It is important to have the right skills available on your team if it is to be successful. But what do you do when you know there is a gap in the available skill set among your team members? One way to quickly fill that gap is to add consultants to the mix. Let’s look at some strategies for finding those additional team resources for that next hard-to-staff project.
A quick fix for short-term needs
In today’s highly dynamic IT shops, development managers are often faced with rapidly changing staffing needs based on project requirements. This has spurred many organizations to downsize to a "core" development staff made up of key personnel who can handle day-to-day service requests. Consultants or short-term contract professionals can then be acquired to handle increased resource requirements for individual projects.
If you've decided to use a consultant to help fill some gaps in your development team's skill set, you should know your options. Here are three general categories of short-term contracting professionals you can find close to home.
The least costly of short-term help is the independent contractor. This professional usually has a specific talent that's high in demand and short in supply.
For the contracting organization, this person represents the highest risk in the event of failure. Therefore, many organizations don't rely on independent consultants for mission-critical applications. Instead, they employ them as supplemental staffing for routine application work.
Professional consulting groups
Many organizations will contract with professional consulting groups to cover strategic project resource requirements. These firms maintain a standing in-house reserve of available consultants with diverse talents who are assigned to temporary projects.
Because the consulting group maintains a wealth of talent, the risk is reduced for the hiring organization. Contracts with consulting groups often include penalties and risk sharing in the event of failure. To cover expenses, fees are usually substantially higher in these contracts.
Software development firms
Often, a project is put out to bid to a contracting organization. This is frequently a means to cut costs when a customized solution is necessary. Typically, the hiring organization will comanage the development using the contracting firm's resources.
Cost to the hiring organization is usually controlled by the contract. This solution can be less expensive than developing in-house or employing the help of professional consultants.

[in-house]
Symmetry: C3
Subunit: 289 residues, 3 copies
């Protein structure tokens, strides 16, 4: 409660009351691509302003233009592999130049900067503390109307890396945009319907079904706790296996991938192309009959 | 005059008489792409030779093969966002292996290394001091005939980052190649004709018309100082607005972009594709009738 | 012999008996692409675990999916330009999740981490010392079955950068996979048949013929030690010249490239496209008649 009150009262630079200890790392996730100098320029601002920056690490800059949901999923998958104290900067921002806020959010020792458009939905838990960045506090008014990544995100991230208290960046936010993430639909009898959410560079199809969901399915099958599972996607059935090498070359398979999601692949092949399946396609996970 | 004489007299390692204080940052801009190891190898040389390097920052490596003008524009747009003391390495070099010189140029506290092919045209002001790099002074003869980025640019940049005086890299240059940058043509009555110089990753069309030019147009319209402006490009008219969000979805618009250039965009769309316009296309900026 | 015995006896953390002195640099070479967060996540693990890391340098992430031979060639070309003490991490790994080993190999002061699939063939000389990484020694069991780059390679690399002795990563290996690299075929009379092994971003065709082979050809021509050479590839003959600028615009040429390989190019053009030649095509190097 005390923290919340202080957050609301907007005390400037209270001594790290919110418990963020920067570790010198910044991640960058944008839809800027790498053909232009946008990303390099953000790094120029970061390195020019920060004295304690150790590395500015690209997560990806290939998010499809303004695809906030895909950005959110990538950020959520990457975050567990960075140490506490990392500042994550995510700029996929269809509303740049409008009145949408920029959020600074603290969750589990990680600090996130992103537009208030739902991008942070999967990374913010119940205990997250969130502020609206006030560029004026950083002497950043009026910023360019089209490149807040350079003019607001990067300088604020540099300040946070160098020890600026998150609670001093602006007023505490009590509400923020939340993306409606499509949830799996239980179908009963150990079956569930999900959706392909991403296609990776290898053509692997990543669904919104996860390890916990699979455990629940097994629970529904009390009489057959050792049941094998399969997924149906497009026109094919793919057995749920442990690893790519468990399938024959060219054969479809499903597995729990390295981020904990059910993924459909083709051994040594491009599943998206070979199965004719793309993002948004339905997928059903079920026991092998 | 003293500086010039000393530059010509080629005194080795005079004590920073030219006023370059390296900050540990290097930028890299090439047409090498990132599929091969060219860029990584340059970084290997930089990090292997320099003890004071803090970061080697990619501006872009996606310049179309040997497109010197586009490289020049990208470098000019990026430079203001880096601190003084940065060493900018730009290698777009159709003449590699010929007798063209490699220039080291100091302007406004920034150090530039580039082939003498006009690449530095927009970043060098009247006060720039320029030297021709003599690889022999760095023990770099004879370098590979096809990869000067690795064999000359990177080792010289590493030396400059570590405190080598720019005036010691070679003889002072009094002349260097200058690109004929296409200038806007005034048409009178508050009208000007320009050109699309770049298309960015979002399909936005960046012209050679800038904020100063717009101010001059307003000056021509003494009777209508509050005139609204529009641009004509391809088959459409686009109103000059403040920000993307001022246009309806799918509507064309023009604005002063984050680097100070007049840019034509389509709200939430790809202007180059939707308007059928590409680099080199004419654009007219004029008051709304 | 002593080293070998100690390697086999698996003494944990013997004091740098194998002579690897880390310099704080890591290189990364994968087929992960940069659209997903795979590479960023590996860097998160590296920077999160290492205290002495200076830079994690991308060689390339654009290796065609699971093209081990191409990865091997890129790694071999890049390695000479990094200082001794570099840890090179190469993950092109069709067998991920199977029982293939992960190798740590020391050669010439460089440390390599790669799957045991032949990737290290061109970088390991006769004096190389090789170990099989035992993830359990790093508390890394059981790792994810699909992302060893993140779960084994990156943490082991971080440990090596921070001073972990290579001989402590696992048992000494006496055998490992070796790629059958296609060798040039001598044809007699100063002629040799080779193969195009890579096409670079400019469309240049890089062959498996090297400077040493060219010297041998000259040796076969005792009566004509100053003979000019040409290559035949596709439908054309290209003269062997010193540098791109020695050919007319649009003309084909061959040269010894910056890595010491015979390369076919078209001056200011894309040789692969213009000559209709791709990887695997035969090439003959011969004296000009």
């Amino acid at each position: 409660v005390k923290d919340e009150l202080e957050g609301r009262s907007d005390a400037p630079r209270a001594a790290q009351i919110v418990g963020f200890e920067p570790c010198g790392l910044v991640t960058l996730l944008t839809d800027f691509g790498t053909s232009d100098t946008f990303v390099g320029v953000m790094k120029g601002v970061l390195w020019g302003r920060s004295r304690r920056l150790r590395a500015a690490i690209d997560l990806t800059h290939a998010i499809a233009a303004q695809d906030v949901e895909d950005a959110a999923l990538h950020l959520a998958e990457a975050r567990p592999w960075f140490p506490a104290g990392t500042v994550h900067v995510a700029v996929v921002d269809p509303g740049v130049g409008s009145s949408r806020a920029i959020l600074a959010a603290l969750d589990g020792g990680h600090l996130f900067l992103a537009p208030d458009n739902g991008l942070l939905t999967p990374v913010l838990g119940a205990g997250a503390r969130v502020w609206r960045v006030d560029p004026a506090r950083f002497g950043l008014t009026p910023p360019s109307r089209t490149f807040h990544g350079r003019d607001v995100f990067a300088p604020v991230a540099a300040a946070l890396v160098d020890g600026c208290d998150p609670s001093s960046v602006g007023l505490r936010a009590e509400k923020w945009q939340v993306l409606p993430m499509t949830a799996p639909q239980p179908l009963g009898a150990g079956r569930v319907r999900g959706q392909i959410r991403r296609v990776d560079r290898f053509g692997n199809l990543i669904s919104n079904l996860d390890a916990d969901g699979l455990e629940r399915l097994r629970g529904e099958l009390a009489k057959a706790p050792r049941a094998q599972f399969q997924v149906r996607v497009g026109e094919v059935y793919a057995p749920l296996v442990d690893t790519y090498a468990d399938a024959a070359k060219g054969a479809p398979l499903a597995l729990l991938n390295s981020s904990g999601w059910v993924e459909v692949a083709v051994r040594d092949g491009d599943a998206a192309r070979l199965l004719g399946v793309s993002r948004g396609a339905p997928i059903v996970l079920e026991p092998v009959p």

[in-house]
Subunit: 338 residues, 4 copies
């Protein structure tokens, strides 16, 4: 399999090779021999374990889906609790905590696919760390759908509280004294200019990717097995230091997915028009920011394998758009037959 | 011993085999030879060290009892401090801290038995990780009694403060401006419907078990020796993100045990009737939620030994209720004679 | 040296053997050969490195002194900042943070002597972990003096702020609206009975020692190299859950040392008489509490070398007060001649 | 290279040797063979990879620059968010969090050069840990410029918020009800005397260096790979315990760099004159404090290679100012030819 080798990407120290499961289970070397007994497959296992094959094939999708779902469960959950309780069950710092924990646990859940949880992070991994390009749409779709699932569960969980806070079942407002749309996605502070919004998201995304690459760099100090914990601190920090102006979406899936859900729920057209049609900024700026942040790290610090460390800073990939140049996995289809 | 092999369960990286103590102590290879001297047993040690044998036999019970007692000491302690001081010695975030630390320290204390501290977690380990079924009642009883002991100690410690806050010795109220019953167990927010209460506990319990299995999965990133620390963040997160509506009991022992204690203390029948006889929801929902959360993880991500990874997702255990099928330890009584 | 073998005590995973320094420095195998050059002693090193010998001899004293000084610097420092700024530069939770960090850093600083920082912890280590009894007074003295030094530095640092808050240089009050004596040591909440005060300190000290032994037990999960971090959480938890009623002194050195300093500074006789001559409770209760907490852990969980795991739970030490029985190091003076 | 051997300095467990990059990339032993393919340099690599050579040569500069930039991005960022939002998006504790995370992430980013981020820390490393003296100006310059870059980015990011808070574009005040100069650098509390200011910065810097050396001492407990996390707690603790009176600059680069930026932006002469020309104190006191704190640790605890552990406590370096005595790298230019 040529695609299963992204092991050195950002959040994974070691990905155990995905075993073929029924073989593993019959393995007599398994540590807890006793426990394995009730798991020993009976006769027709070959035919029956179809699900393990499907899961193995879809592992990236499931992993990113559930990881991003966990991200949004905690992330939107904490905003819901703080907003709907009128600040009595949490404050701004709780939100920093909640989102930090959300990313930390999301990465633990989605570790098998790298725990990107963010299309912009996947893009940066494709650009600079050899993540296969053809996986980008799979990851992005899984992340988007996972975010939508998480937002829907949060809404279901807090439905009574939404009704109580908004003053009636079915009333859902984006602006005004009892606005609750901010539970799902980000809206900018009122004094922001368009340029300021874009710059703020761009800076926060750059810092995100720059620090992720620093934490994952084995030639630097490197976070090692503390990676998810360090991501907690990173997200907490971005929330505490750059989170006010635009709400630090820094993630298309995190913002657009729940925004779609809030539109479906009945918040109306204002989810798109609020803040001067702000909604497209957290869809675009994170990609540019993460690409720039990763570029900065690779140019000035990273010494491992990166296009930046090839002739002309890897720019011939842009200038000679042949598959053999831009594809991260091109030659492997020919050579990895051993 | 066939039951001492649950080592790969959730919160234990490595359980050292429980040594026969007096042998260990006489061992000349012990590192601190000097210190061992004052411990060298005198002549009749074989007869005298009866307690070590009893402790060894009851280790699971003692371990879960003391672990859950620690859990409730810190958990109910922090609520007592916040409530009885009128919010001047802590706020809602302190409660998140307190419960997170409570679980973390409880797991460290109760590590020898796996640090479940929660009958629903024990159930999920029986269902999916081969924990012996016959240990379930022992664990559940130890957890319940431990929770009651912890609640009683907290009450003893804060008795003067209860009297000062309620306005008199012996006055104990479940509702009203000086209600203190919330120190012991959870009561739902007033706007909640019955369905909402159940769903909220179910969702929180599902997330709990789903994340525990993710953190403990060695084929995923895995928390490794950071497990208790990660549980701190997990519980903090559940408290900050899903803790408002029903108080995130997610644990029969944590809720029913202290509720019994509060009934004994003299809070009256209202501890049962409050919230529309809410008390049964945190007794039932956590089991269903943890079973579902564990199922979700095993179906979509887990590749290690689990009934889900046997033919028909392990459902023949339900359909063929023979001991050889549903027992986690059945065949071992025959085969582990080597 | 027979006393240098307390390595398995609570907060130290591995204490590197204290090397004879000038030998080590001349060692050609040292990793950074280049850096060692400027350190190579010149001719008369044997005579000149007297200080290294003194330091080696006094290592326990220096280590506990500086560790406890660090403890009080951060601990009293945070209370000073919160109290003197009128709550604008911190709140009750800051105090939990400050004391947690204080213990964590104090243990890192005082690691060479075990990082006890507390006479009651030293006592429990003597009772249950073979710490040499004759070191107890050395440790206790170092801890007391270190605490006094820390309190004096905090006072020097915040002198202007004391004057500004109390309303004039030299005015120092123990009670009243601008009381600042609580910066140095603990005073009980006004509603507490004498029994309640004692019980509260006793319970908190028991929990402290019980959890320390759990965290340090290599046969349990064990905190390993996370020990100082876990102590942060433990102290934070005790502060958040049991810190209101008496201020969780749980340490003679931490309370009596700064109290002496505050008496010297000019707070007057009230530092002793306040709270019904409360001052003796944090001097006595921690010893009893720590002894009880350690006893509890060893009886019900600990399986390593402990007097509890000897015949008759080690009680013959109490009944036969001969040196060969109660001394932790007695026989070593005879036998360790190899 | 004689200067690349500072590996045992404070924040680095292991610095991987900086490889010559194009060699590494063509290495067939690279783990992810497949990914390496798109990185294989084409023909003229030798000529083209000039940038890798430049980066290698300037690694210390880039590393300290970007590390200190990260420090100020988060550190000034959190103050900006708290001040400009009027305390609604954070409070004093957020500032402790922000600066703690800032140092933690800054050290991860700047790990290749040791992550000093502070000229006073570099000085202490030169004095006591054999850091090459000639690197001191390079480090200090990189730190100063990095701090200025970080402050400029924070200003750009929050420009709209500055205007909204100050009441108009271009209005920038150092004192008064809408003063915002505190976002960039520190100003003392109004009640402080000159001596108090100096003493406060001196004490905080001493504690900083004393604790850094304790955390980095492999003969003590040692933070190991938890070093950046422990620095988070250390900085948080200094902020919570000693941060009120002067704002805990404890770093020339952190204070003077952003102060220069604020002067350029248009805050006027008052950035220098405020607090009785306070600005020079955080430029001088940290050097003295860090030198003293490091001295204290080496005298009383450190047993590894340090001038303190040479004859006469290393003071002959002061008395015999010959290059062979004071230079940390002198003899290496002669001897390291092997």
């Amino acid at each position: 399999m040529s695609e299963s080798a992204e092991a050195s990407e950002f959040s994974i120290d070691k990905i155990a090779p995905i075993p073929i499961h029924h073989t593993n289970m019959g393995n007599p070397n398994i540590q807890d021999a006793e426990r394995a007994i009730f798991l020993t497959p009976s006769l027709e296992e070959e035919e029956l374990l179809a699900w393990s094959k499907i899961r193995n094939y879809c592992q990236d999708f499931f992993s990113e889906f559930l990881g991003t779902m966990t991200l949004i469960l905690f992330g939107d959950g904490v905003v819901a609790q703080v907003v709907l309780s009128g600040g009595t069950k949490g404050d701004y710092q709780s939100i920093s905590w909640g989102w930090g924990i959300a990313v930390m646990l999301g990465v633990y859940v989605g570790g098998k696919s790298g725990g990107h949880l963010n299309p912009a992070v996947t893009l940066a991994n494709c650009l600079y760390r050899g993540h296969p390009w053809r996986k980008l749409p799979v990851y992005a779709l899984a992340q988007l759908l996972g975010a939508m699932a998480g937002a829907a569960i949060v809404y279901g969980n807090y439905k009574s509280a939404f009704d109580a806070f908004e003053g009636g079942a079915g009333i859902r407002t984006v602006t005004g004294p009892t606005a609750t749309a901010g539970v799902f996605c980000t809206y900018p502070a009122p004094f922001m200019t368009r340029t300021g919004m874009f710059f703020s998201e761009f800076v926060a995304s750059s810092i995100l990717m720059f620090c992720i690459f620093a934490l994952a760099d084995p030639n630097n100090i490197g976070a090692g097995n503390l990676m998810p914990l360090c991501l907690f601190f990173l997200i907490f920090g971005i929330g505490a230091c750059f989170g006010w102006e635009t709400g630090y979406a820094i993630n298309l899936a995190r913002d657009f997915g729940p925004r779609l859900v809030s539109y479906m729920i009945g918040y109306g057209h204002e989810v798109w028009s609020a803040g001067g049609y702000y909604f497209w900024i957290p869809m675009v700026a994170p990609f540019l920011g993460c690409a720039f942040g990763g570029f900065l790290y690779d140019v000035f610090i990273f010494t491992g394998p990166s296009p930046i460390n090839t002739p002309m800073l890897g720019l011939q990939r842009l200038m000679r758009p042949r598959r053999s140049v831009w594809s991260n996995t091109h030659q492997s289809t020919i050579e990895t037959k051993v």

If you're unable to find the skills you need in your own backyard, it might be time to expand your horizons. With the development of the Internet, contractors are becoming available from around the world.
Independent foreign contractors
Many independent foreign contractors seek opportunities in the United States for short-term and long-term assignments. Organizations often pursue these professionals for specialty skills otherwise unavailable through traditional means. The U.S. Immigration and Naturalization Service (INS) requires the completion of an H-1B work visa application prior to any job offer, which is usually a process of six to 10 weeks.
Cost and risk are usually low in these agreements because of the level of commitment necessary from both parties. But due to the visa process, you can typically expect a substantial wait for the resource to become available.
Offshore consulting groups
The most recent development in contracting is the rapid rise in offshore firms offering inexpensive consulting help. Offshore consulting groups usually provide a wide range of software development services from a remote location via the Internet.
Many development managers believe contracts of this type run a high risk due to communication issues. One way to offset this concern is for the consulting group to maintain a physical presence at the contracting business's location in the form of a project manager or a team leader.
Many organizations are reducing the size of their in-house development teams in favor of a project-oriented approach to staffing. Specific skills are acquired from external sources to provide the necessary resources to staff in-house projects.
As a team leader or development manager, you currently have many options to choose from. It's up to you to analyze your organization's needs and, based on project constraints, strike a balance between cost and risk.